Paula Kane was born in Glasgow in 1970. She completed her undergraduate studies at Kent Institute of Art and Design and her MA at Goldsmith's College, University of London leaving in 1996. Her solo exhibitions include Emily Tsingou Gallery, London, UK (2004 & 2006) Musee des Beaux Arts de Mons, Belgium (2003) Appelboom, Corez, France 2003, Galleri Wallner, Malmö, Sweden (2000) and Galerie Zurcher, Paris, France (1999). Group shows include APT Gallery, London; Bloomberg Space, London; Oliver Kamm 5BE Gallery, New York; Emily Tsingou Gallery London; Pepinieres Artists 2002, Graz; Arnolfini, Bristol; The Jerwood Gallery, London; John Moores Exhibition 20 21 & 23, Walker Art Gallery, Liverpool; The Tannery, London; Whitechapel Art Gallery, London; Vamiali's, Athens, Greece; Andrew Mummery, London; European Parliament, Strasbourg. Paula has been awarded a number of artist's fellowships including a Henry Moore Fellowship at The Byam Shaw School of Art, London, a Pepinieres Award, Belgium, and the Abbey Award for Painting at the British School at Rome. Paula teaches at Camberwell College of Arts, and The Byam Shaw School of Art, both colleges of University of the Arts, London. She has also lectured at The Royal College of Art, Goldsmiths College and The Royal Academy. Catalogues Paula Kane include; 'Freefall', Arts Council, England; 'The Valley', Bloomberg Space, London, UK; 'Paula Kane', La Lettre Volee, Belgium; 'The John Moores 23', (also 21 and 20), Walker Art Gallery, Liverpool, UK. She lives and works in London where she is represented by the Emily Tsingou Gallery.
Artist's Statement on Process
I make paintings of imaginary landscapes. Within the traditional framework of landscape painting I choose to explore and quote from this known genre and its many varied, received languages. I use this vast lexicon of often forgotten information to both salvage and sabotage the material.
I act as an urban, cultural tourist, cherry picking and filtering a wide range of information gathered from the ‘real’ world of nature and from landscape images that are both high and low art sources. From within this genre I can toy with a variety of languages of depiction.
I create awkward spaces and problems within the image as a means of initiating strategies for retrieving the image without allowing it to move too far into any fixed category of interpretation. I therefore attempt to play off one pictorial language against another.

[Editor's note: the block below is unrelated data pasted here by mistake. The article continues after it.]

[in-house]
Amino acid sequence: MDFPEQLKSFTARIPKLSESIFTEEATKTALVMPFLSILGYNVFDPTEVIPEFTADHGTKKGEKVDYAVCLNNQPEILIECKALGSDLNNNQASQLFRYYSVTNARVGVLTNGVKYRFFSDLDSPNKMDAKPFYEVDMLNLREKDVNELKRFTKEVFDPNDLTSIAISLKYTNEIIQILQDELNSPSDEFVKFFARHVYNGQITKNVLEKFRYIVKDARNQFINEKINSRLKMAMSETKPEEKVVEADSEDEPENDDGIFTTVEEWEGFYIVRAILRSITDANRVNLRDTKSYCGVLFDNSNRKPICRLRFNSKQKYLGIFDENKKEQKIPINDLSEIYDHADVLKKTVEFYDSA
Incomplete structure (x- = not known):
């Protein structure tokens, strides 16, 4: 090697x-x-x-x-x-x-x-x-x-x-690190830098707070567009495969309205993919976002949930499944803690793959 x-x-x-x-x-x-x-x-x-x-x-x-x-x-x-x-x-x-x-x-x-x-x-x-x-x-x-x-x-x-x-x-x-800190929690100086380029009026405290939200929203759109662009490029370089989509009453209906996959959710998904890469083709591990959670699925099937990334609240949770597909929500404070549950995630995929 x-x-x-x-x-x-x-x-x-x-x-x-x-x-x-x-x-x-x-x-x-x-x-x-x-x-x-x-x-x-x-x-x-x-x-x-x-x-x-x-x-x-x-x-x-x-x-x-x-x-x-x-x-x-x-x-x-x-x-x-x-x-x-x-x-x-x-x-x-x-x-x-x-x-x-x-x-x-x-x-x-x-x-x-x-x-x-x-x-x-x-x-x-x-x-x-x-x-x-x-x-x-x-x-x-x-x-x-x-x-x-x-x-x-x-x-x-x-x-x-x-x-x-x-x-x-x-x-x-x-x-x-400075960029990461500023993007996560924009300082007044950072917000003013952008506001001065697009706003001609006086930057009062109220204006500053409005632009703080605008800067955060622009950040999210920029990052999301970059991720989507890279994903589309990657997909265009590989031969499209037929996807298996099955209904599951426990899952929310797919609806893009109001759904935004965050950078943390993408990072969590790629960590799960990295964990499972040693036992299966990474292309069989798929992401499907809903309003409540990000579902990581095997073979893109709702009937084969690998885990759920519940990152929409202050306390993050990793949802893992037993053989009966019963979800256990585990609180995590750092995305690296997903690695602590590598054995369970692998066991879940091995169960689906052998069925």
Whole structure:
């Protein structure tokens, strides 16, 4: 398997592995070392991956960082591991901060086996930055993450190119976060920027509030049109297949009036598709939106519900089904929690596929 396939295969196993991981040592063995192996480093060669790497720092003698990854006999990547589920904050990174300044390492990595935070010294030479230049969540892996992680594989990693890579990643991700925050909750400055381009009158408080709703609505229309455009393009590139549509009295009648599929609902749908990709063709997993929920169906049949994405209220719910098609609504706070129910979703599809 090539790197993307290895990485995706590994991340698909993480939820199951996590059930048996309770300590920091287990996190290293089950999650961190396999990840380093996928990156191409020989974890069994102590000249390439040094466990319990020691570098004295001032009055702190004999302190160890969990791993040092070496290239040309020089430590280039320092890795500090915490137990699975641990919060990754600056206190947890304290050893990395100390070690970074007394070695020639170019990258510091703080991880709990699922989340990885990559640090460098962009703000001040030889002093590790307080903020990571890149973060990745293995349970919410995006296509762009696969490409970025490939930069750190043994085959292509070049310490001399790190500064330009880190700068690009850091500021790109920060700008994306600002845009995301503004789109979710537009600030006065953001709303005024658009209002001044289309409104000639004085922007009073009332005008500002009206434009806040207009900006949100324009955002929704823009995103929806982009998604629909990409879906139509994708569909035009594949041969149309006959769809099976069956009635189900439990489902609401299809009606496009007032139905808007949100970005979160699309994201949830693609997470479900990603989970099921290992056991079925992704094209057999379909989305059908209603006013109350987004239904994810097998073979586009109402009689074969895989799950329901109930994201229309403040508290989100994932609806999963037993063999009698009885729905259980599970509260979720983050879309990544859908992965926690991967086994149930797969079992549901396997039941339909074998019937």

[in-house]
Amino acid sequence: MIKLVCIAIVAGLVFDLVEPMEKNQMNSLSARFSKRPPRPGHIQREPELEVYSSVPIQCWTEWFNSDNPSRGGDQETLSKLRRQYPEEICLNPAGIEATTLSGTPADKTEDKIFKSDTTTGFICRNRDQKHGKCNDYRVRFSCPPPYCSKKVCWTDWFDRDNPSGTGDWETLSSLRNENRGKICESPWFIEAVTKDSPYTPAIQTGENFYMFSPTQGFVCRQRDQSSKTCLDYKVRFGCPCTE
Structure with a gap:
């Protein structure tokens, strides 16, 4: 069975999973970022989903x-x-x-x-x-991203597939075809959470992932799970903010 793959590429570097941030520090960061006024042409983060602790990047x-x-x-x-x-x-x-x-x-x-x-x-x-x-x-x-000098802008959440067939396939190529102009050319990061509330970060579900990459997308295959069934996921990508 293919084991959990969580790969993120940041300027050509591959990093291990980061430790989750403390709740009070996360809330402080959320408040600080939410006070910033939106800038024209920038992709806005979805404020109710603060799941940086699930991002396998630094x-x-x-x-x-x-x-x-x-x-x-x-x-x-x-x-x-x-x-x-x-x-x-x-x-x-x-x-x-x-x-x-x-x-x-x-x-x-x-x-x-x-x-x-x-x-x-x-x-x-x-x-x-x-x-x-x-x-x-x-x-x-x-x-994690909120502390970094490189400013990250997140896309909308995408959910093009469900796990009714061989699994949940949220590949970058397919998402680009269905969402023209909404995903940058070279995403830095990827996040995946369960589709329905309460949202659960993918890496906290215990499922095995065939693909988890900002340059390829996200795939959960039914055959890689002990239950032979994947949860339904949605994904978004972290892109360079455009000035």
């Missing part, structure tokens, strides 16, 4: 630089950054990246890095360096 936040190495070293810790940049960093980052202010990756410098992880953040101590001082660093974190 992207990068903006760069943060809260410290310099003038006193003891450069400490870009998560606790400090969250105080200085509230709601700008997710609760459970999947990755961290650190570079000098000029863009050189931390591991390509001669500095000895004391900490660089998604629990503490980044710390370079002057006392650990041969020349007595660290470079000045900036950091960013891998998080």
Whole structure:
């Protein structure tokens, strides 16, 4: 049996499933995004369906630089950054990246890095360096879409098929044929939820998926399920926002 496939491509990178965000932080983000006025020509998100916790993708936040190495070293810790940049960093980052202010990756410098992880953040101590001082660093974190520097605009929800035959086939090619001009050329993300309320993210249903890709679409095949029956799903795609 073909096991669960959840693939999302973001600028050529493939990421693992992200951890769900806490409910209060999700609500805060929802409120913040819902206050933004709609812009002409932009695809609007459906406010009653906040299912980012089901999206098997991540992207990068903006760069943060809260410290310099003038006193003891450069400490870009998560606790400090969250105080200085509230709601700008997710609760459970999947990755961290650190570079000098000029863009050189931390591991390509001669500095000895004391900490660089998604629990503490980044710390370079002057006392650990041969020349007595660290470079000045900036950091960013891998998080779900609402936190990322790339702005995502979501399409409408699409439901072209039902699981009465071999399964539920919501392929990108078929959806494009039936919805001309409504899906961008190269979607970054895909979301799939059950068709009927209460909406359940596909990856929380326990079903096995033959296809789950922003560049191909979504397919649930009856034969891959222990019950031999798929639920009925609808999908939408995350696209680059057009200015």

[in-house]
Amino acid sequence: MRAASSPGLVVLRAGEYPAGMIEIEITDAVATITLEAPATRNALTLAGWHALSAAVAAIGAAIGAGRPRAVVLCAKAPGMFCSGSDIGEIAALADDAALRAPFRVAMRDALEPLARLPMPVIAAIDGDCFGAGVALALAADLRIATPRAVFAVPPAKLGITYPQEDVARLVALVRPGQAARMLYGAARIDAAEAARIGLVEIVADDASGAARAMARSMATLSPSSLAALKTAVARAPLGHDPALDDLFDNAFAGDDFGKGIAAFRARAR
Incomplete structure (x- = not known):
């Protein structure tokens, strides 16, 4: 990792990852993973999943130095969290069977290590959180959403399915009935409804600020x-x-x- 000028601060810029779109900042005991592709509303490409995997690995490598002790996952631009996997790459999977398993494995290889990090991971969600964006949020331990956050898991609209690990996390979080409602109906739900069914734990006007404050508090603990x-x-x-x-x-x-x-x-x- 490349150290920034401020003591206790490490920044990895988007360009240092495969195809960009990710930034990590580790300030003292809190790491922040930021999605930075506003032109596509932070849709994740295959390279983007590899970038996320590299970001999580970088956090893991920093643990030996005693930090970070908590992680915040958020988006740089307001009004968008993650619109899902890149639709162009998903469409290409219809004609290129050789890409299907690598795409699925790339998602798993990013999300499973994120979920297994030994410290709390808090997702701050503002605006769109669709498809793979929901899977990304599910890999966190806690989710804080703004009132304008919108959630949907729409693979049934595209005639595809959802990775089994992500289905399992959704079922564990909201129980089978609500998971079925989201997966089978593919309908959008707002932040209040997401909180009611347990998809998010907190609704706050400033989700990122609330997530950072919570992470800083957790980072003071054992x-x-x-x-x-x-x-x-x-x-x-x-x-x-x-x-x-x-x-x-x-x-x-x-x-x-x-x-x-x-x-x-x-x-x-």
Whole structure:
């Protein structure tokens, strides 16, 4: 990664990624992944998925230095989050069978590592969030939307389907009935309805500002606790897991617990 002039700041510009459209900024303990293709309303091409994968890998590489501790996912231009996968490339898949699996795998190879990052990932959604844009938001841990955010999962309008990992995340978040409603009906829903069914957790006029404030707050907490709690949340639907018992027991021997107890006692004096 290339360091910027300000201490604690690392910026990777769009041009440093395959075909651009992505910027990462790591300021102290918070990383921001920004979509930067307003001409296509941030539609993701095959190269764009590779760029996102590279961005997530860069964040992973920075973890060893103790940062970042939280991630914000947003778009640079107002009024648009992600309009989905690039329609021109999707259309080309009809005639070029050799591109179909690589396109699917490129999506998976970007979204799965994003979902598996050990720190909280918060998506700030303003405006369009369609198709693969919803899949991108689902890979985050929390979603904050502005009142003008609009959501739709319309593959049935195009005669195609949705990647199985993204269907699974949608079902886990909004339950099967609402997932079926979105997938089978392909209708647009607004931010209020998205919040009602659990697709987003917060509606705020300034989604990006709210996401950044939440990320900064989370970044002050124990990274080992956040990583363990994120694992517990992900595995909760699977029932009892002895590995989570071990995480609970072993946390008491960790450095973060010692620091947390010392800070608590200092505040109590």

I wish for the paintings to be picturesque yet sublime, familiar yet unknowable, fecund yet empty and naive but complex. The paintings are finished when they hover among several camps, never settling in any fixed territory.
In order to make a painting I need to gather much visual source material, including reproductions of paintings and drawings (both famous and obscure), photographs taken by me on walks and holidays, I also make drawings from a variety of sources. These starting points then get processed, distorted and rearranged in further drawings and painted sketches.
I then make a number of rough drawings in which I attempt to construct a composition for a larger more complex image. This will comprise of a largely imaginary space populated by a number of incongruous inhabitants gathered from sources covering different centuries, continents and ideologies. This explorative research material comprises the Studio Wall; this is the raw, less processed material which offers a path into a working methodology.
One main difference between the Studio Wall and the paintings is that the paintings have rules and the research work has not. The large paintings are an attempt at negotiating my understanding of painting as a language and the Studio Wall refers more to my experience of landscape itself.
The necessary shift from research work to ‘finished’ painting is ongoing, as that which appears to be a successful composition as a sketch doesn’t always translate easily into painting. The paintings are a continuous series of decisions with no fixed outcome.
The large paintings offer more possibilities of alluding to fictions and narratives that I tease out through distorting scale, space, colour or by adding contradictory elements; an Italianate tree against a Germanic snow capped mountain.
I attempt to suggest a veneer of what a proper landscape might be and then find a means of perverting that order. Needless to say such a project has failure built into it and that is often humorously apparent. The only logic necessary is that which exists within the surface of the painting, when everything is in the right place, all the correct elements seem as they should be: At that point the cracks in the facade often hold the most meaning.